Tags: open

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Tuesday, March 28th, 2017

Open source

Building and maintaining an open-source project is hard work. That observation is about as insightful as noting the religious affiliation of the pope or the scatological habits of woodland bears.

Nolan Lawson wrote a lengthy post describing what it feels like to be an open-source maintainer.

Outside your door stands a line of a few hundred people. They are patiently waiting for you to answer their questions, complaints, pull requests, and feature requests.

You want to help all of them, but for now you’re putting it off. Maybe you had a hard day at work, or you’re tired, or you’re just trying to enjoy a weekend with your family and friends.

But if you go to github.com/notifications, there’s a constant reminder of how many people are waiting

Most of the comments on the post are from people saying “Yup, I hear ya!”

Jan wrote a follow-up post called Sustainable Open Source: The Maintainers Perspective or: How I Learned to Stop Caring and Love Open Source:

Just because there are people with problems in front of your door, that doesn’t mean they are your problems. You can choose to make them yours, but you want to be very careful about what to care about.

There’s also help at hand in the shape of Open Source Guides created by Nadia Eghbal:

A collection of resources for individuals, communities, and companies who want to learn how to run and contribute to an open source project.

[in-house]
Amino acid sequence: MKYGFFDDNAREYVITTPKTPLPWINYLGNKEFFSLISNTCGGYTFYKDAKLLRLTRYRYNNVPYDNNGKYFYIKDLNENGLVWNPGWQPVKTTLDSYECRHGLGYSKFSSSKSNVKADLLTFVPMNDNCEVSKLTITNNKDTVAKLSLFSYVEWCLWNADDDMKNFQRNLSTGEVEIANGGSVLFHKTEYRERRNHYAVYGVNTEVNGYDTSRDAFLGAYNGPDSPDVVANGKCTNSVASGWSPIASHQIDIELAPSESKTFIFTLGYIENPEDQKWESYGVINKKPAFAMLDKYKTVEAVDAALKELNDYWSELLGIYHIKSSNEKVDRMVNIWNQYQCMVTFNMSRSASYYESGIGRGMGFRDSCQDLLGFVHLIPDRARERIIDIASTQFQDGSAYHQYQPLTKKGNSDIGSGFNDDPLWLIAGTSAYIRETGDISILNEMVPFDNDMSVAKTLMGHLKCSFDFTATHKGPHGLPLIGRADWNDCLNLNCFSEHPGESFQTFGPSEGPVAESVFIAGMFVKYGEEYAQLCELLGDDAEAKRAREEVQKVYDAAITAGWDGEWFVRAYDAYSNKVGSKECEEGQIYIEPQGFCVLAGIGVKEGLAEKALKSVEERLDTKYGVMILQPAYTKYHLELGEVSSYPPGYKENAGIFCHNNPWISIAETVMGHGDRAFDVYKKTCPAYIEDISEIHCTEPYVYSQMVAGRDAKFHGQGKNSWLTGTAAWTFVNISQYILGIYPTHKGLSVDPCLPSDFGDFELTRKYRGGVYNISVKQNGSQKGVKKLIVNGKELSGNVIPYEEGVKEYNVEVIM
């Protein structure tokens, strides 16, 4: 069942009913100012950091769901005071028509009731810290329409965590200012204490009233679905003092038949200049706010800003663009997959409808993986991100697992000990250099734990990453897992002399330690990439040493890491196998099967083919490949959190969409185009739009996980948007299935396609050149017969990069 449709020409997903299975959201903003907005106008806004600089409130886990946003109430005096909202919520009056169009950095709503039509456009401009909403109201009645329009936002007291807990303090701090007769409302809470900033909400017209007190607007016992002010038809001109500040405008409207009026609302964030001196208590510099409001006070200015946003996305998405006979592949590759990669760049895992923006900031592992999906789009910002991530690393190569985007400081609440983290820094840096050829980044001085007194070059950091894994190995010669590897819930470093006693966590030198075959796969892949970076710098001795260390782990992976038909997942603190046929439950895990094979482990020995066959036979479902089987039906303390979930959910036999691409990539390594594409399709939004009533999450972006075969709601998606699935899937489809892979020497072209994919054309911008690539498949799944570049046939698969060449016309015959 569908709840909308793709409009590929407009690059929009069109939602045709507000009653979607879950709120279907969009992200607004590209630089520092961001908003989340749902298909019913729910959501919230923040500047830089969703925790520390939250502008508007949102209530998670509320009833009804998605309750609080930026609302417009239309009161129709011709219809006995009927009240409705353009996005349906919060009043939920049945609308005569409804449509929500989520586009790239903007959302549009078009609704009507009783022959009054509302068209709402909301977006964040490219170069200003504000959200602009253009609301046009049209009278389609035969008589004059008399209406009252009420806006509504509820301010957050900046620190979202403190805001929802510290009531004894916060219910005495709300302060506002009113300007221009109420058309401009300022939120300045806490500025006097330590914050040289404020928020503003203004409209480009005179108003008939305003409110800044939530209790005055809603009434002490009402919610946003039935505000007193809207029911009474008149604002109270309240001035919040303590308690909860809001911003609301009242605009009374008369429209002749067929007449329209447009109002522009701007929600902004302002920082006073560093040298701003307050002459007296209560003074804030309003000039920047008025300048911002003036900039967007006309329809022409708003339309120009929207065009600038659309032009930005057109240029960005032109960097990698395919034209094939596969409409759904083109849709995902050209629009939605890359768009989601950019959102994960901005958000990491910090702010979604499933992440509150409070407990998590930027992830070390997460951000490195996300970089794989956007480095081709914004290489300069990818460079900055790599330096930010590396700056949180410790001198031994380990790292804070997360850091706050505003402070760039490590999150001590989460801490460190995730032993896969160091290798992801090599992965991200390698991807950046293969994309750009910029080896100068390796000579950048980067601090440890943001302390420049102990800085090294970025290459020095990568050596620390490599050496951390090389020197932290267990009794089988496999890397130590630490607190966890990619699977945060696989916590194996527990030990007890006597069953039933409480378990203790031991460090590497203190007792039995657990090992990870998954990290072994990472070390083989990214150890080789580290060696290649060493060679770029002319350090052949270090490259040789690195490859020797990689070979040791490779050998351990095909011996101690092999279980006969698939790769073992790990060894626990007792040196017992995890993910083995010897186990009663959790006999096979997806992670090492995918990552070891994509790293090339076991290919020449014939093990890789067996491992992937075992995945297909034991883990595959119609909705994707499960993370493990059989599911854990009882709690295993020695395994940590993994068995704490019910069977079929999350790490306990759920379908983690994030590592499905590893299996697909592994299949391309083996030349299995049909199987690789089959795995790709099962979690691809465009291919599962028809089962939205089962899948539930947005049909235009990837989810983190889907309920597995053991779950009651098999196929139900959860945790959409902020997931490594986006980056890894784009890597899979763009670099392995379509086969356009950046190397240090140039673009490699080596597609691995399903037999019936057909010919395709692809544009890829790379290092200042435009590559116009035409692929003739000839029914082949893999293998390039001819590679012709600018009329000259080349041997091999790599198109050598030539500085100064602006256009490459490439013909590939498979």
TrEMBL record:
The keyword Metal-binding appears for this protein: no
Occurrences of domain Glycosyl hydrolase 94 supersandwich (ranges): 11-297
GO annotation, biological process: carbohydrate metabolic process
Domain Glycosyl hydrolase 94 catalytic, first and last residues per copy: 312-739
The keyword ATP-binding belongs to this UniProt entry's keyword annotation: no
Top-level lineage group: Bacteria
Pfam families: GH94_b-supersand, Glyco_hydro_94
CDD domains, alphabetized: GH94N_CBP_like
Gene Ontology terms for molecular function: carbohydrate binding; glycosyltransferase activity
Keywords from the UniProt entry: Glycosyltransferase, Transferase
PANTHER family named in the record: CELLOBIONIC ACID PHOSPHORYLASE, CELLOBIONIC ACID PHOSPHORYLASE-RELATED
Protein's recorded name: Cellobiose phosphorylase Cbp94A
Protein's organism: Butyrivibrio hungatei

I’m sure Mark can relate to all of the tales of toil that come with being an open-source project maintainer. He’s been working flat-out on Fractal, sometimes at work, but often at home too.

Fractal isn’t really a Clearleft project, at least not in the same way that something like Silverback or UX London is. We’re sponsoring Fractal as much as we can, but an open-source project doesn’t really belong to anyone; everyone is free to fork it and take it. But I still want to make sure that Mark and Danielle have time at work to contribute to Fractal. It’s hard to balance that with the bill-paying client work though.

I invited Remy around to chat with them last week. It was really valuable. Mind you, Remy was echoing many of the same observations made in Nolan’s post about how draining this can be.

So nobody here is under any illusions that this open-source lark is to be entered into lightly. It can be a gruelling exercise. But then it can also be very, very rewarding. One kind word from somebody using your software can make your day. I was genuinely pleased as punch when Danish agency Shift sent Mark a gift to thank him for all his hard work on Fractal.

People can be pretty darn great (which I guess is an underlying principle of open source).

Monday, March 20th, 2017

The future of the open internet — and our way of life — is in your hands

We’ve gone through the invention step. The infrastructure came out of DARPA and the World Wide Web itself came out of CERN.

We’ve gone through the hobbyist step. Everyone now knows what the internet is, and some of the amazing things it’s capable of.

We’ve gone through the commercialization step. Monopolies have emerged, refined, and scaled the internet.

But the question remains: can we break with the tragic history that has befallen all prior information empires? Can this time be different?

The first part of this article is a great history lesson in the style of Tim Wu’s The Master Switch. The second part is a great explanation of net neutrality, why it matters, and how we can fight for it.

If you do nothing, we will lose the war for the open internet. The greatest tool for communication and creativity in human history will fall into the hands of a few powerful corporations and governments.

Thursday, March 2nd, 2017

Fractal Iterations | Clearleft